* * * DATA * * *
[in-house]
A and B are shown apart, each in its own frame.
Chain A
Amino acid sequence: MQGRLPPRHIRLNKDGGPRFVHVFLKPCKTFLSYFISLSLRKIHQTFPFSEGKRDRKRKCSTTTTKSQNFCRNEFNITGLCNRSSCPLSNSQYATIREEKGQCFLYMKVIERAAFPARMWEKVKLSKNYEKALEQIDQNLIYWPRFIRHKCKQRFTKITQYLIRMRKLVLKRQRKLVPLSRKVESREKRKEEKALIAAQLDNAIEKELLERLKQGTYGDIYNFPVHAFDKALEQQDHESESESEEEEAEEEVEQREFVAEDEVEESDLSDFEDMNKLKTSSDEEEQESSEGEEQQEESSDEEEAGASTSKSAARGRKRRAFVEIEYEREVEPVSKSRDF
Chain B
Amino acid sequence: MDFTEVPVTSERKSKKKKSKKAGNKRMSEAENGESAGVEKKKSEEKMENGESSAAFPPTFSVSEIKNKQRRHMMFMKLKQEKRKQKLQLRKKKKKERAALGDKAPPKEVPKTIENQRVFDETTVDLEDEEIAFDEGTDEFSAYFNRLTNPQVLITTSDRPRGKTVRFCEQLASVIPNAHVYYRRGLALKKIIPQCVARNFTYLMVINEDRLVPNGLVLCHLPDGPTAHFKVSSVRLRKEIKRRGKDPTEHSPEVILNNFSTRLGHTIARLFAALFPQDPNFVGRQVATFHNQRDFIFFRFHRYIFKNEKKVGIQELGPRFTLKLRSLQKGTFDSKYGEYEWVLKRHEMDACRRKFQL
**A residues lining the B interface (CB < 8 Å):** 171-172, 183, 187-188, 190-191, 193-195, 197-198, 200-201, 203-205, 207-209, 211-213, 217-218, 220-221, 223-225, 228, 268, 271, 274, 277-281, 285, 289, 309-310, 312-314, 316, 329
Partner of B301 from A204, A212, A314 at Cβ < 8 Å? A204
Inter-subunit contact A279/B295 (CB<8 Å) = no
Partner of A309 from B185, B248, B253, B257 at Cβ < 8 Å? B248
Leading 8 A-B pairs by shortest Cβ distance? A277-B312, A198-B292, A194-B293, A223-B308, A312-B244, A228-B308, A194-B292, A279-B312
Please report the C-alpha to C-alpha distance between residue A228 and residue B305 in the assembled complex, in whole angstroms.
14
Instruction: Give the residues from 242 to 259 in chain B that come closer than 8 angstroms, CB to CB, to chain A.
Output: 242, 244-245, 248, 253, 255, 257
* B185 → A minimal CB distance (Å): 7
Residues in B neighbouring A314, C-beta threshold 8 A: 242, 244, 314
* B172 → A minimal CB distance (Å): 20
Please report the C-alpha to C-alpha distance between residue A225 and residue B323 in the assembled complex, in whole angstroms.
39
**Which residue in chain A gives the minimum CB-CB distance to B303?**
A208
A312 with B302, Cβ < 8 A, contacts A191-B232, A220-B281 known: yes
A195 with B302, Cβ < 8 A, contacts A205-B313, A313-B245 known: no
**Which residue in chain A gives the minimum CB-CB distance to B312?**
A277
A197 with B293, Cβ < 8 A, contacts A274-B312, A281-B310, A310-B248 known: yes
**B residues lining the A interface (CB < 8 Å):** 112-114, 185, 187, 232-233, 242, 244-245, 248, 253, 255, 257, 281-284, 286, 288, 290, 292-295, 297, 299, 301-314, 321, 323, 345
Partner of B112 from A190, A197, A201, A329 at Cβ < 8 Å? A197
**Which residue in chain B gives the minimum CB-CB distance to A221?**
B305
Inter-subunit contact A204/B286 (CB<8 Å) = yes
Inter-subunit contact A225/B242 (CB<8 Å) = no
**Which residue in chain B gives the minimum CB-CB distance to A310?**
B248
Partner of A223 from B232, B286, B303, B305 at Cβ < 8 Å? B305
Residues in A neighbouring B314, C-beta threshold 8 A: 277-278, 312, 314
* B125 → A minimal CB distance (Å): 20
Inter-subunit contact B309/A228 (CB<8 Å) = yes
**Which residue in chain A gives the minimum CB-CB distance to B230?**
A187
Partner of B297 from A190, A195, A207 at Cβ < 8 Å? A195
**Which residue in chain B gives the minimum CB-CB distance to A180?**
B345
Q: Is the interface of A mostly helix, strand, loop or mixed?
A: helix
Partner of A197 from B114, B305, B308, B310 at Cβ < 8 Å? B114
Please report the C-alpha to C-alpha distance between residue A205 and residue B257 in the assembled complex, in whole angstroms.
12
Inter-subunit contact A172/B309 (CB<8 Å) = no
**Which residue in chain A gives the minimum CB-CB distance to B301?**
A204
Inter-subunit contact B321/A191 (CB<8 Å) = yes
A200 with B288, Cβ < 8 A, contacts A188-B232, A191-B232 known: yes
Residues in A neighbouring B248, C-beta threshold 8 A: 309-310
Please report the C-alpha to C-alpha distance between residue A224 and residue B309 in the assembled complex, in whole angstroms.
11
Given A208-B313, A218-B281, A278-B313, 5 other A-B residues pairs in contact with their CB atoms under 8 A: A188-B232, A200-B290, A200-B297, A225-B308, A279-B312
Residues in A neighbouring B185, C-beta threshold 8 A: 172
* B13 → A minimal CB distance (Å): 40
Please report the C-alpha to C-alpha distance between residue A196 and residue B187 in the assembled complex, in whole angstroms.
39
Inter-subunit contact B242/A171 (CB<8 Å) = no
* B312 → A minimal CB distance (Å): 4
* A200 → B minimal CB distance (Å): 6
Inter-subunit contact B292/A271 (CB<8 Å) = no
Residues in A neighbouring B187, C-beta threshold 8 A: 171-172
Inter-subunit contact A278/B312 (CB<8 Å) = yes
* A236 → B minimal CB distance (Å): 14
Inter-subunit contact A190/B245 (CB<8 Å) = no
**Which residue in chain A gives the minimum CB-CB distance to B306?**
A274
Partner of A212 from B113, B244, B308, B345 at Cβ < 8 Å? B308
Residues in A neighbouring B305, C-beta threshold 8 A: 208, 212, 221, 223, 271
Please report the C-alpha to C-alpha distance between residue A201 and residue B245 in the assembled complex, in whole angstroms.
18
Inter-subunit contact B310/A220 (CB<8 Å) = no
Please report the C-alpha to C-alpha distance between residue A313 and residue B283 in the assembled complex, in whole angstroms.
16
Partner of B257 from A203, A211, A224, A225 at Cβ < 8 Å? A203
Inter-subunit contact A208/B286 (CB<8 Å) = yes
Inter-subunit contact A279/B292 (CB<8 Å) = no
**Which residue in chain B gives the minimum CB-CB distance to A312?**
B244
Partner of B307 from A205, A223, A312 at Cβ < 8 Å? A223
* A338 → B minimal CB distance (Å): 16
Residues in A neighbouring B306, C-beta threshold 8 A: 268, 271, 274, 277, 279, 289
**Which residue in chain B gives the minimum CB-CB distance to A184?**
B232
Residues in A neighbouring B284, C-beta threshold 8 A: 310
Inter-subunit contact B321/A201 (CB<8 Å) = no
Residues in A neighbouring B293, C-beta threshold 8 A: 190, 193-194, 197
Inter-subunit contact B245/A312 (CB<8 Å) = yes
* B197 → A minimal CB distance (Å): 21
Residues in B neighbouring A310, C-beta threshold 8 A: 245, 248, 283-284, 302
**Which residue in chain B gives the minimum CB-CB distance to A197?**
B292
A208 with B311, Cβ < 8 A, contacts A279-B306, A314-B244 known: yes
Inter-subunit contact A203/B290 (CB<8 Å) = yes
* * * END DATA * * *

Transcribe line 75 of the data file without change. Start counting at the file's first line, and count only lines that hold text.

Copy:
Please report the C-alpha to C-alpha distance between residue A201 and residue B245 in the assembled complex, in whole angstroms.